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Warning to Marathon Runners Who Take Painkillers Before Racing

Participants in upcoming marathons and endurance events are being warned against using painkillers to try to ward off pain following research showing that these drugs may cause serious side effects.

Listen to Your Pain rather than suppressing pain with painkillers

Listen to Your Pain rather than suppressing pain with painkillers

Sunshine Coast chiropractor and holistic pain relief expert, Dr Paul Lanthois is concerned about a growing trend by recreational and professional athletes of taking painkillers to prevent pain from interfering with their performance in endurance events.

“Researchers have found that almost half of competitors in marathons and half marathons take painkillers and anti inflammatory medications before their race and that is worrying,” says Dr Lanthois who has personally completed a marathon and several half marathons and fun runs.

“Endurance races push your body and mind to the extreme which is part of the challenge and the attraction. But numbing yourself with painkillers is dumb and dangerous because pain is important healthy feedback that helps to protect you from doing serious harm. You need to listen to your body especially when taking on an endurance event.”

His point is supported by research in the British Medical Journal that showed that people who took painkillers before running a marathon or half marathon had a 13% greater risk of adverse events including pain, muscle cramps and stomach cramps. People who took higher doses of painkillers had a three-fold increase in the risk of side effects.

Common painkillers and anti-inflammatories block enzymes that regulate the production of substances called prostaglandins that affect the contraction and relaxation of muscle.

“The danger is if you inhibit these prostaglandins with painkillers, you also stop the important tissue protection usually provided by them,” warns Dr Lanthois. “Researchers have found that this can lead to even more serious intestinal, heart and kidney complications! And I don’t think any race is worth that!”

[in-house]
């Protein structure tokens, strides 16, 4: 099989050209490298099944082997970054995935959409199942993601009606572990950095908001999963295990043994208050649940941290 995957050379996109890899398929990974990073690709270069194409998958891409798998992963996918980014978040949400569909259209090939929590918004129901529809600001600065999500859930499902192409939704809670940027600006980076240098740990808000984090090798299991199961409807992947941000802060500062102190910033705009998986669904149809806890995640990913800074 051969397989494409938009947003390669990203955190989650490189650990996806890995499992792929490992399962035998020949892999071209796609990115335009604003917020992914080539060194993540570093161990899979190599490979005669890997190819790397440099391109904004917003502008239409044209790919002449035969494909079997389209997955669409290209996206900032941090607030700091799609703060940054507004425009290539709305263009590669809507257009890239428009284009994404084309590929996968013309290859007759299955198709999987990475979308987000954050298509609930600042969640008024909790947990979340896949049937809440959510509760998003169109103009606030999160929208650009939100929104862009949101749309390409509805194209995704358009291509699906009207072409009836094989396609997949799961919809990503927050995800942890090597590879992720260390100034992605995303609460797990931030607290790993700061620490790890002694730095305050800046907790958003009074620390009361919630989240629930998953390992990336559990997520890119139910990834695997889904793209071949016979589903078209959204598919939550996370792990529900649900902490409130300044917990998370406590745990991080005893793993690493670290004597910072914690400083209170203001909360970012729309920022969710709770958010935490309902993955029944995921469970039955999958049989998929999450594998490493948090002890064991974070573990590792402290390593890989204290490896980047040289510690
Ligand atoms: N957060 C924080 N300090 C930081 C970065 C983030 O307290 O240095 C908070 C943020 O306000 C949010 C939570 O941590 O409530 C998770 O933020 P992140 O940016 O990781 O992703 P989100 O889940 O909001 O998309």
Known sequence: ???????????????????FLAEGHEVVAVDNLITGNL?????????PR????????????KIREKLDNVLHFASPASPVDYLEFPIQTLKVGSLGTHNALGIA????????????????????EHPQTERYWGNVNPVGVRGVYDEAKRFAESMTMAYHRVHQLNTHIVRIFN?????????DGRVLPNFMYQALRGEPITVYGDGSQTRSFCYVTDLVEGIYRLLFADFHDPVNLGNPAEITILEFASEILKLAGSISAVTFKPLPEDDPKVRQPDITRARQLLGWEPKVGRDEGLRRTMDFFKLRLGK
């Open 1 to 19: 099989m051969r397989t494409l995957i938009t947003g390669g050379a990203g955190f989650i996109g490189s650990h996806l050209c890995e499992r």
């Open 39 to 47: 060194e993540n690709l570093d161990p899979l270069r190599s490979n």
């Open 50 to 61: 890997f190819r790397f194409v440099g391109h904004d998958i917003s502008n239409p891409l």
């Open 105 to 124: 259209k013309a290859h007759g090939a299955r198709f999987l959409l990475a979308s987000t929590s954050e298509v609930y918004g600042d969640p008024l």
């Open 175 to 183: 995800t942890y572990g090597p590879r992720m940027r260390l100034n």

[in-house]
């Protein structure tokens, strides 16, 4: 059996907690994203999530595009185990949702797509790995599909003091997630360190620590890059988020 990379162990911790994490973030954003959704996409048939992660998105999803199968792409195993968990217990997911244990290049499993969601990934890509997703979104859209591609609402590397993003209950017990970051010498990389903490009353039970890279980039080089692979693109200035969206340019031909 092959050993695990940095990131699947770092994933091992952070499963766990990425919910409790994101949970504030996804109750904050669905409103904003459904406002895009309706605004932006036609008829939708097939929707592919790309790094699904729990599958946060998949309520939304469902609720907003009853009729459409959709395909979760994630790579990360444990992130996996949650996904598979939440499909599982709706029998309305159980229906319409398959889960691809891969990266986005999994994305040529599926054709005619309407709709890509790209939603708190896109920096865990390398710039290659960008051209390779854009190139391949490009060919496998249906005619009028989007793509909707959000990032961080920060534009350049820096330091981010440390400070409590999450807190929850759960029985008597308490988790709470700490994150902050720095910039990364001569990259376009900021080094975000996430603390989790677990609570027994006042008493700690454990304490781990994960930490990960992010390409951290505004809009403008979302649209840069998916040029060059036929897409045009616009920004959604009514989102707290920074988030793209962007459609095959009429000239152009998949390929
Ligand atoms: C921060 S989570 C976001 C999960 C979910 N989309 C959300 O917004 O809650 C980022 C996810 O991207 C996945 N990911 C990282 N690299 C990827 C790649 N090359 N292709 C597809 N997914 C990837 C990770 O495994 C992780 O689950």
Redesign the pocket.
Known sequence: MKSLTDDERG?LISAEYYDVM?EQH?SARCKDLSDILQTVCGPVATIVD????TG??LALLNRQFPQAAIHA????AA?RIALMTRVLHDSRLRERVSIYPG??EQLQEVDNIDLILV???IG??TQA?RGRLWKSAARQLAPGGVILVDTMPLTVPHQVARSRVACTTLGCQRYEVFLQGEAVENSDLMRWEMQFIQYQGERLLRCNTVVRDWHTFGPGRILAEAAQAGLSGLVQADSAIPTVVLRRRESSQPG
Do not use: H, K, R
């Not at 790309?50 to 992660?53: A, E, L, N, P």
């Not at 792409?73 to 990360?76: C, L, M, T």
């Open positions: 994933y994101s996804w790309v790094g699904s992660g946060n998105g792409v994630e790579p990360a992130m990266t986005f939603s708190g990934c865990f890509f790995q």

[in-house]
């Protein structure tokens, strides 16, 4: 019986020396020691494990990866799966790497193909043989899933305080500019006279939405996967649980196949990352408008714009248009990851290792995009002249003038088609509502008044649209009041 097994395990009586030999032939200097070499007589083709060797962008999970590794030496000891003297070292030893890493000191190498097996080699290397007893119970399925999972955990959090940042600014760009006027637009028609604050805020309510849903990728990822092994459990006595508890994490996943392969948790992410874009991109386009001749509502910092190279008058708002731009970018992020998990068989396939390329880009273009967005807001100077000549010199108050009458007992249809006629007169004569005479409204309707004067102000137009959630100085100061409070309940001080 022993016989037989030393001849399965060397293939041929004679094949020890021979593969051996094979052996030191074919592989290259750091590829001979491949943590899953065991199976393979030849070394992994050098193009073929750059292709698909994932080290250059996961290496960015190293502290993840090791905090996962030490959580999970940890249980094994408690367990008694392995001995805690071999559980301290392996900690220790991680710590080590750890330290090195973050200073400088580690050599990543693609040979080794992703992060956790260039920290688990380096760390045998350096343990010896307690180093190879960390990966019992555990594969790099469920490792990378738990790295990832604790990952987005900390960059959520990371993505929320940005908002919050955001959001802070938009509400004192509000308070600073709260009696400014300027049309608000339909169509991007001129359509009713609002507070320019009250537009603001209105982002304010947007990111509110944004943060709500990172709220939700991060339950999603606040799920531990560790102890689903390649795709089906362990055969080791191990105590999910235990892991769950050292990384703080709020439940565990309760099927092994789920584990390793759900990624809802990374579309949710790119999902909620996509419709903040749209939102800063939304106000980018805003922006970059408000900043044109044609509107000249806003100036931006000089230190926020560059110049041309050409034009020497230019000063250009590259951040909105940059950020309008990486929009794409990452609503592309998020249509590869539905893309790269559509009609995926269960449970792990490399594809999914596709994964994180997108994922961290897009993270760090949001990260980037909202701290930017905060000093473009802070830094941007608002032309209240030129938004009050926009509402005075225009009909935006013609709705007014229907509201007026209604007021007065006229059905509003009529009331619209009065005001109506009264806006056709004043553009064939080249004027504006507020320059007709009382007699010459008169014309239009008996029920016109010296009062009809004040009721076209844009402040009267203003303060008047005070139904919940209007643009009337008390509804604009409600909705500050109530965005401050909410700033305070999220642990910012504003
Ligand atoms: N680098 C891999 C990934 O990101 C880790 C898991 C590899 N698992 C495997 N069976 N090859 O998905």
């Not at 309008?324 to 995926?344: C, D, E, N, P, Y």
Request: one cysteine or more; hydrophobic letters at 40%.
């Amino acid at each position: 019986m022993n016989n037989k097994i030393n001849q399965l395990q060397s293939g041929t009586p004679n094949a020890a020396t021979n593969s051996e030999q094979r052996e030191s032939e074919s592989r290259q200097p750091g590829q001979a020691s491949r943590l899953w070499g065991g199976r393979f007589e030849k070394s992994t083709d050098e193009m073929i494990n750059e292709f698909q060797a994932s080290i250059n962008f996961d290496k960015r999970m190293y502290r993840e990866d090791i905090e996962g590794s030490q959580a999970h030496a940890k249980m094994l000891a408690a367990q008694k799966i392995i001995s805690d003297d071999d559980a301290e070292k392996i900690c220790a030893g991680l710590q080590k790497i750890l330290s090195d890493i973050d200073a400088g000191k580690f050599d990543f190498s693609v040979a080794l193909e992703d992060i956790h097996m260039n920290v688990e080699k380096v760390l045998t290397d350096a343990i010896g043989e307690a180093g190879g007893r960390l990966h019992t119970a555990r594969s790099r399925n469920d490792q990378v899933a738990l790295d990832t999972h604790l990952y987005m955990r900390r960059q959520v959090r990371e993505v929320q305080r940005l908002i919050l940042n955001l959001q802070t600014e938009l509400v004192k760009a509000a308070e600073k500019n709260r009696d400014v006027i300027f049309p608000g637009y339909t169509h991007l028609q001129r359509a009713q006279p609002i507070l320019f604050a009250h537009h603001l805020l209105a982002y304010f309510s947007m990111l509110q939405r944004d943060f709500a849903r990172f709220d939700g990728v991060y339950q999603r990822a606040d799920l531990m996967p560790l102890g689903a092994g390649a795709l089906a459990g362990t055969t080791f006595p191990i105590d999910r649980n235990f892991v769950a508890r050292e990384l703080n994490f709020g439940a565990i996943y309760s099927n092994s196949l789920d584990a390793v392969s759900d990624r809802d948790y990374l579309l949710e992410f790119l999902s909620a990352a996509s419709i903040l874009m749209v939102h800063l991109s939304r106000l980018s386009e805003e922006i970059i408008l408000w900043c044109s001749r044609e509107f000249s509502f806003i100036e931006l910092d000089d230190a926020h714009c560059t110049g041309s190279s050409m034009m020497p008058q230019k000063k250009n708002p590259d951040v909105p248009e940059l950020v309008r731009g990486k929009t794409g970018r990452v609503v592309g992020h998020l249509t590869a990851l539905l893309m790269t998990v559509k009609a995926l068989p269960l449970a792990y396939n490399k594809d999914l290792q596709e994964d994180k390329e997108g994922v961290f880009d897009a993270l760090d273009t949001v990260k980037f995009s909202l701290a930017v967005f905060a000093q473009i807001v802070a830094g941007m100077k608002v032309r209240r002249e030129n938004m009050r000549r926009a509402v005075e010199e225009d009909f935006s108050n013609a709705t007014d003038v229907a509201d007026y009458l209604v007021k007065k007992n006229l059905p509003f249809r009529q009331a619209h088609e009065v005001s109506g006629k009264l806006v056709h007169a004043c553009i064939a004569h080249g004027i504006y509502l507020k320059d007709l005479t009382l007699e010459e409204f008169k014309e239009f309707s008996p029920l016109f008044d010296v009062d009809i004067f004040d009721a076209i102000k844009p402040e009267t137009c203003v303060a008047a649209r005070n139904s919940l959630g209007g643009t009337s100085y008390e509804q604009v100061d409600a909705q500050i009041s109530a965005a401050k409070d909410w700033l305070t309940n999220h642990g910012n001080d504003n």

So what are the alternatives for people who are training and struggling with pain?

“Simple,” says Dr Lanthois “Stop trying to suppress your pain and start to investigate and address the causes of your pain. Your pain is telling you that your body and/or your lifestyle is under the pump to some degree and it’s warning you that you need to change something now.”

Surprisingly, pain does not come from where you feel it. In fact, people with phantom limb pain can experience pain in a limb they don’t even have. The reality is that all pain is generated in your brain. To address the cause of your pain you need to look at all the things that influences how your brain creates the sensation of pain.

“Based upon my 25 years of experience, the underlying causes of your pain would most likely be due to two main things.” states Dr Lanthois. “Your lifestyle habits or the loss of proper body alignment or flexibility. When your body or lifestyle is out of balance you’re not functioning as well, so your brain increases its sensitivity to protect you. That means an increased sensitivity to pain.”

So what lifestyle changes can recreational runners explore to reduce their pain?

Dr. Lanthois’ has 6 suggestions:

1) Nutrition – lots of healthy greens and healthy fats (fish)

2) Water consumption – make sure your urine colour is clear

3) Training intensity – often you need to do more low intensity training

4) Rest and recovery – it’s even more important than the training you do

5) Emotional stress management – don’t underestimate its effect

6) Fitness – have you done enough training to safely complete the race?

Loss of your ideal body alignment and flexibility interferes with the normal flow of communication between your brain and different parts of your body. Like car tyres out of alignment, it also causes increased wear and tear on your body. Your brain compensates to this interference by increasing its sensitivity.

So what can recreational runners do to improve their body alignment and flexibility?

1) Get your whole body examined and aligned by a chiropractor – don’t just get your sore area treated. Get your whole body checked and re-balanced.

2) Get a full body massage – a sports or remedial massage that gets in deep

3) Get your feet, calves and shins massaged – most of your shock absorption occurs in your feet so make sure they are nice and supple

4) Increase the time you spend barefoot – and especially don’t wear thongs

5) Do yoga/stretching/foam rolling – stretch out those tight muscles

6) Acupuncture/Gua Sha – great Chinese treatments that improve soft tissue flexibility and reduce tension

When you actually listen to pain and treat it as valuable feedback you can not only make yourself less susceptible to pain but you can also improve your overall health and wellbeing at the same time.

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